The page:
Stories about you!

We are all in the glamor group and, in the celebrity group. Help us to reveal a little about yourself, where we travel and where the rest of us meet you in the late evening hours, club, pub and the like or see and meet you when you go home early in the morning…

In the future, we will write small stories about you that connect to small music stories that may be of interest to those of us who have not yet come within. Everything doesn’t have to be true as long as it’s fun and interesting. It does not harm creativity if you tip us, the gray mass, us wretched and helpless ones, about your life experience and your experiences. Send us your contribution to If you have a picture of yourself or something you want to highlight, include this in the email as well. Also want you to mention a song that you connect to the story you share. Remember you should not be ugly or mean to people in your story, we will take care of that ourselves. It is called division of labour. Welcome with your contribution!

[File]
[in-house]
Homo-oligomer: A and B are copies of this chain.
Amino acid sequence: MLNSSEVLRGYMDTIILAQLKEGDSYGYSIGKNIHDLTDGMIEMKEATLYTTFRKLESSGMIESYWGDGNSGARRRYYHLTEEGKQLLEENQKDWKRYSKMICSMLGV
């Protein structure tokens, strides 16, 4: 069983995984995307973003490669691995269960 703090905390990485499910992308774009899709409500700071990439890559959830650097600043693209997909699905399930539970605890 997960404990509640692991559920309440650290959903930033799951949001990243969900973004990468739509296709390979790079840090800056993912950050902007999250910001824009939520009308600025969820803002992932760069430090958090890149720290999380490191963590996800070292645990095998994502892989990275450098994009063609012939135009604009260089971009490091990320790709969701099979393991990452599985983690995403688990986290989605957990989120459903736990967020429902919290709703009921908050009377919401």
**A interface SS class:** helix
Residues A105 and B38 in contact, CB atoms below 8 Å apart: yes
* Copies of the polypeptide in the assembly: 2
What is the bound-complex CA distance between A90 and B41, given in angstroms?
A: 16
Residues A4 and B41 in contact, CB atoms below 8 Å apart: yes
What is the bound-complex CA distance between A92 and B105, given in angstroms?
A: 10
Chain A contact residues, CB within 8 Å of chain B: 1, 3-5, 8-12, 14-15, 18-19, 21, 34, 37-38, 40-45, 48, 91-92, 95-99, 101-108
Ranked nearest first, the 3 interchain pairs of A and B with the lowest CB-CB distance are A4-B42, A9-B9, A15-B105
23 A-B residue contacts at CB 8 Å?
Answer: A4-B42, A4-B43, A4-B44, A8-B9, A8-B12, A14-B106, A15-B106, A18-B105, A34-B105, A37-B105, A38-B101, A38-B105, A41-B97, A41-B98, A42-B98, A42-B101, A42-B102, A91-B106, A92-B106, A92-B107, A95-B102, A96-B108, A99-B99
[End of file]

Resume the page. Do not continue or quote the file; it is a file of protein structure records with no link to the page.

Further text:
First up is a great music story about the girl who played better bass than the guys

Carol Kaye is an American musician who is one of the most prolific recorded bass guitarists in rock and pop music, playing on an estimated 10,000 recordings in a career spanning over 65 years .

She began playing guitar in her early teens and after some time as a guitar teacher, began to perform regularly on the Los Angeles jazz and big band circuit.

She started session work in 1957, and through a connection at Gold Star Studios began working for producers Phil Spector and Brian Wilson.

After a bassist failed to turn up to a session in 1963, she switched to that instrument, quickly making a name for herself as one of the most in-demand session players of the 1960s, playing on numerous hits .

Some of the songs that Carol Kaye played bass on include:

“Summertime” by Sam Cooke (1957)  

“La Bamba” by Ritchie Valens (1958)  

“Zip-a-Dee-Doo-Dah” by Bob B. Soxx & the Blue Jeans (1962)  

“Then He Kissed Me” by The Crystals (1963)  

“You’ve Lost That Lovin’ Feelin’” by The Righteous Brothers (1964)  

“These Boots Are Made for Walkin’” by Nancy Sinatra (1966)  

“Good Vibrations” by The Beach Boys (1966)  

“The Beat Goes On” by Sonny & Cher (1967)  

“Wichita Lineman” by Glen Campbell (1968)

“Midnight Train to Georgia” by Gladys Knight & the Pips (1973)  

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